Tropical storm Jiangmi exited the Philippines Thursday, leaving at least 54 dead and 13 missing from floods and landslides as officials admitted that more extensive warnings could have saved more lives.
The storm's death toll was nearly triple that of the last major storm -- Super Typhoon Hagupit, which hit the Philippines last month and wreaked less havoc than expected thanks to timely precautionary measures.
Jiangmi, which at one point packed winds of 80 kilometres (50 miles) per hour, weakened into a low pressure area as it moved west into the Sulu Sea with winds of about 30 kilometres per hour, the government weather station said.
Civil defence chief Alexander Pama admitted Thursday that more frequent warnings could have been aired in broadcast media.
"Probably we did not put (enough warnings) out in the media," he told DZMM radio.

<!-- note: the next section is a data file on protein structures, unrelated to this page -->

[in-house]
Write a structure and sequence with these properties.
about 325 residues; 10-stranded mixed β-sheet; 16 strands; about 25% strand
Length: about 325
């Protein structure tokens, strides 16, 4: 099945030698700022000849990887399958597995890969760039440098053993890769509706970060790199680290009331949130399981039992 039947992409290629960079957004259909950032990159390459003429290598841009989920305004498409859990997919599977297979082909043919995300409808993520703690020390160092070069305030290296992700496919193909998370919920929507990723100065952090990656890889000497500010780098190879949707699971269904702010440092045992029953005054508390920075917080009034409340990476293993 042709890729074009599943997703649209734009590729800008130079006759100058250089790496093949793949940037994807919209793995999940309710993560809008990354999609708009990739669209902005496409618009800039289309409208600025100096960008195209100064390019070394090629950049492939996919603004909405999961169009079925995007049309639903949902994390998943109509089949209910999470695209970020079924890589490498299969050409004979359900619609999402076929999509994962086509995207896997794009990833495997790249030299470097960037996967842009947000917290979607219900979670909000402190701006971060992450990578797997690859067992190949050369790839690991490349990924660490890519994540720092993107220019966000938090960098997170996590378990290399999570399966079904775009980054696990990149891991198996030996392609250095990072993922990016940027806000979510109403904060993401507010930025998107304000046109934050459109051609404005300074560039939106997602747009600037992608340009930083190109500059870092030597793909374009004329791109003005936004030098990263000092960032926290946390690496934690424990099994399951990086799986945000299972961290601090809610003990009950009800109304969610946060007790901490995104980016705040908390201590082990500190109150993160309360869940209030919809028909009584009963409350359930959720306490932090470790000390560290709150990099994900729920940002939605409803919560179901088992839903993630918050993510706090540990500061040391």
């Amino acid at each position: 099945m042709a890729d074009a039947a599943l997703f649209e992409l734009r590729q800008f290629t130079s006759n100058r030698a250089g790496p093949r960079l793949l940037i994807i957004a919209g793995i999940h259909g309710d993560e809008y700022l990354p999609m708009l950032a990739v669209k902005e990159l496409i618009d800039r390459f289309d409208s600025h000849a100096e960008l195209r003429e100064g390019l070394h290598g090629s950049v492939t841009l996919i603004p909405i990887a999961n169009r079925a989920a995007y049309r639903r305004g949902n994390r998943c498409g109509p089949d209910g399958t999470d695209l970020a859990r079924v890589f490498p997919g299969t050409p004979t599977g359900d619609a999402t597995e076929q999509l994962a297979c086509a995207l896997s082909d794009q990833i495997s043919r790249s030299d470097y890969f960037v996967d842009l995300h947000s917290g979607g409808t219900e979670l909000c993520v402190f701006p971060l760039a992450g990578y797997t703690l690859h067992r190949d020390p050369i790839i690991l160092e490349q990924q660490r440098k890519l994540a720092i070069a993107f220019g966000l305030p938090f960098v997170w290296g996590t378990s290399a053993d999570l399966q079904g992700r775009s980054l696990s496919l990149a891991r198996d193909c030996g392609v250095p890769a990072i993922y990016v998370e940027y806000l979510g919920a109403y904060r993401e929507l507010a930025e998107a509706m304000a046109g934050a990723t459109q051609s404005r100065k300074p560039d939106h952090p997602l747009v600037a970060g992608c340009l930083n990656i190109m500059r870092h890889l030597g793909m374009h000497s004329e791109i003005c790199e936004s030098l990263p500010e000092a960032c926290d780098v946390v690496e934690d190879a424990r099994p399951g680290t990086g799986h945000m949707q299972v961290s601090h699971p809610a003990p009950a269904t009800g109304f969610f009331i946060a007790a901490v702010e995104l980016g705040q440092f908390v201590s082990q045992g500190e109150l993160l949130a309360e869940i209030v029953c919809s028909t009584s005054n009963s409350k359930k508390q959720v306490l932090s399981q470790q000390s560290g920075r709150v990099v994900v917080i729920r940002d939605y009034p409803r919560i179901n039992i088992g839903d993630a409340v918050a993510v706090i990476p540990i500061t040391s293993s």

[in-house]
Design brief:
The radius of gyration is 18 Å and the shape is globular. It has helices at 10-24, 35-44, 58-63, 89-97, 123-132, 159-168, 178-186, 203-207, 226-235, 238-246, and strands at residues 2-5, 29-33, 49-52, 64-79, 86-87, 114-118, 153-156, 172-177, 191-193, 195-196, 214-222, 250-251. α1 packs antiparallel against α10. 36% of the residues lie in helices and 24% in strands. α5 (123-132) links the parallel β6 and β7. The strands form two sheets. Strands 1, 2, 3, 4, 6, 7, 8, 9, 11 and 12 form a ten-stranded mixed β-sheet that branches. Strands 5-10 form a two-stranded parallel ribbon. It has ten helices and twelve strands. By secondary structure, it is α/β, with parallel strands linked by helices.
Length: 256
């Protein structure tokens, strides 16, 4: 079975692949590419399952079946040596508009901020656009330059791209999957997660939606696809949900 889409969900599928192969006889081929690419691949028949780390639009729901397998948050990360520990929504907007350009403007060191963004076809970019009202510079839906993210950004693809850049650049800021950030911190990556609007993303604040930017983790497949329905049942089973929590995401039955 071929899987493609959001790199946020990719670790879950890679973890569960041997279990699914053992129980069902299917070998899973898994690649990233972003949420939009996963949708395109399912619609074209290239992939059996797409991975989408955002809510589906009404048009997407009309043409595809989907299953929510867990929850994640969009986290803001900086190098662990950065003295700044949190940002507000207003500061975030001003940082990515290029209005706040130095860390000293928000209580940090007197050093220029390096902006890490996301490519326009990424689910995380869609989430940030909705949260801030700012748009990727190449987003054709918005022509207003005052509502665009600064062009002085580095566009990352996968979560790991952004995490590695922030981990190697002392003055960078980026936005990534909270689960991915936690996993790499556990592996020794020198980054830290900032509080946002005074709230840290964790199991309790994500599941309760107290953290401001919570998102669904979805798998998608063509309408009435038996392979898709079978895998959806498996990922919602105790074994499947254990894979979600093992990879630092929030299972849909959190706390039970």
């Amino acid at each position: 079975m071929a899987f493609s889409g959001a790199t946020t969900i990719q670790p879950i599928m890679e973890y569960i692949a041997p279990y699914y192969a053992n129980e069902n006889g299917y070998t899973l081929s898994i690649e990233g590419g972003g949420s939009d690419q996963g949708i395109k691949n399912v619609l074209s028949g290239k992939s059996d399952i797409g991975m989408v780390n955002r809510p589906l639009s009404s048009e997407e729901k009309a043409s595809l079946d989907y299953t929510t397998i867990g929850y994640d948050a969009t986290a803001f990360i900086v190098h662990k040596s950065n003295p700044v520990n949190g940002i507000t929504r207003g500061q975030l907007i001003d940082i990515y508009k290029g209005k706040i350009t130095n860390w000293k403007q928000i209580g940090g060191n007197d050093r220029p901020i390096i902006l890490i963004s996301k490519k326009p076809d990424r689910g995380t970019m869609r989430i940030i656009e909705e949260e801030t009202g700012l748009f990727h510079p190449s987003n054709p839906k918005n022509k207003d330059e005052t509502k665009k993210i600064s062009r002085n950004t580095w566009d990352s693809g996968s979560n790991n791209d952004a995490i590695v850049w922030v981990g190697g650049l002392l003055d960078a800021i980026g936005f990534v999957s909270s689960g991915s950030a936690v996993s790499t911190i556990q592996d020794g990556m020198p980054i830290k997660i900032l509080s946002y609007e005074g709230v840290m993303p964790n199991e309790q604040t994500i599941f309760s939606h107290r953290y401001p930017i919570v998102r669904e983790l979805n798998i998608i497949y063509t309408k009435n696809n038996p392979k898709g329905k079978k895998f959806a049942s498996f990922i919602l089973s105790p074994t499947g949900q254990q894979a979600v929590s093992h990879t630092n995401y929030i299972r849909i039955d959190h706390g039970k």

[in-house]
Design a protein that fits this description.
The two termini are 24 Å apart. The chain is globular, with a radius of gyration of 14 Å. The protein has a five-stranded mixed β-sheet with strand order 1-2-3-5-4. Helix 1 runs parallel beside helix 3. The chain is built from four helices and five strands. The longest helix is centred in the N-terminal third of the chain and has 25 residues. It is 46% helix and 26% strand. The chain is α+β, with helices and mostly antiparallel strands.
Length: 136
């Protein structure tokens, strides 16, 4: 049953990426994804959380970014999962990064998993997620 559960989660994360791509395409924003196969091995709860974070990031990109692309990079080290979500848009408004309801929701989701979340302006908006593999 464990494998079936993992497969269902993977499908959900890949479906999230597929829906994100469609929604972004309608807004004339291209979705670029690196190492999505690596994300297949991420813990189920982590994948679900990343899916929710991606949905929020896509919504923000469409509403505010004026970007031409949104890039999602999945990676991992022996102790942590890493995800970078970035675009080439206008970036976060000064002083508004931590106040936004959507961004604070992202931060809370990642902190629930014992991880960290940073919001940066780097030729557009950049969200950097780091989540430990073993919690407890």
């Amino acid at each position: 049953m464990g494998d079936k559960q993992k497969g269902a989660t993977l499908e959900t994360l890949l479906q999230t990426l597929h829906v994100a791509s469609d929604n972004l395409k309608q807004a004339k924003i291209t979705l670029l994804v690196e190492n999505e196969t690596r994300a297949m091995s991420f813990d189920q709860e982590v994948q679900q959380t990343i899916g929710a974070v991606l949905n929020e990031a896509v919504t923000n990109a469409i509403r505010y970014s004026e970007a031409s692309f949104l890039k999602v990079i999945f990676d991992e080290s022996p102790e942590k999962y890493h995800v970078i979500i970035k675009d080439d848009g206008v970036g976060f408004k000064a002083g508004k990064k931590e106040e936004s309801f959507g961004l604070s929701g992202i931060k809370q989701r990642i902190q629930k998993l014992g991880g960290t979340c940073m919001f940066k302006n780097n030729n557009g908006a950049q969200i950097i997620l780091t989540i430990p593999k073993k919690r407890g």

He said some people had ignored the warnings and refused to evacuate or went out to sea despite the storm.
"Maybe this will drive home the point to our countrymen that things are different now. Maybe now, when people are asked to evacuate, they will not resist," he said.
Jiangmi hit the southern and central Philippines earlier this week, affecting areas that were once untouched by the frequent weather disturbances that batter the country.
The storm affected more than 120,000 people, more than 80,000 of whom were evacuated.
The Philippines is battered by about 20 storms every year, many of them deadly.
Last year Super Typhoon Haiyan, the strongest ever to hit the country, left 7,350 people dead or missing in central regions as it stirred up tsunami-like waves, wiping out entire towns.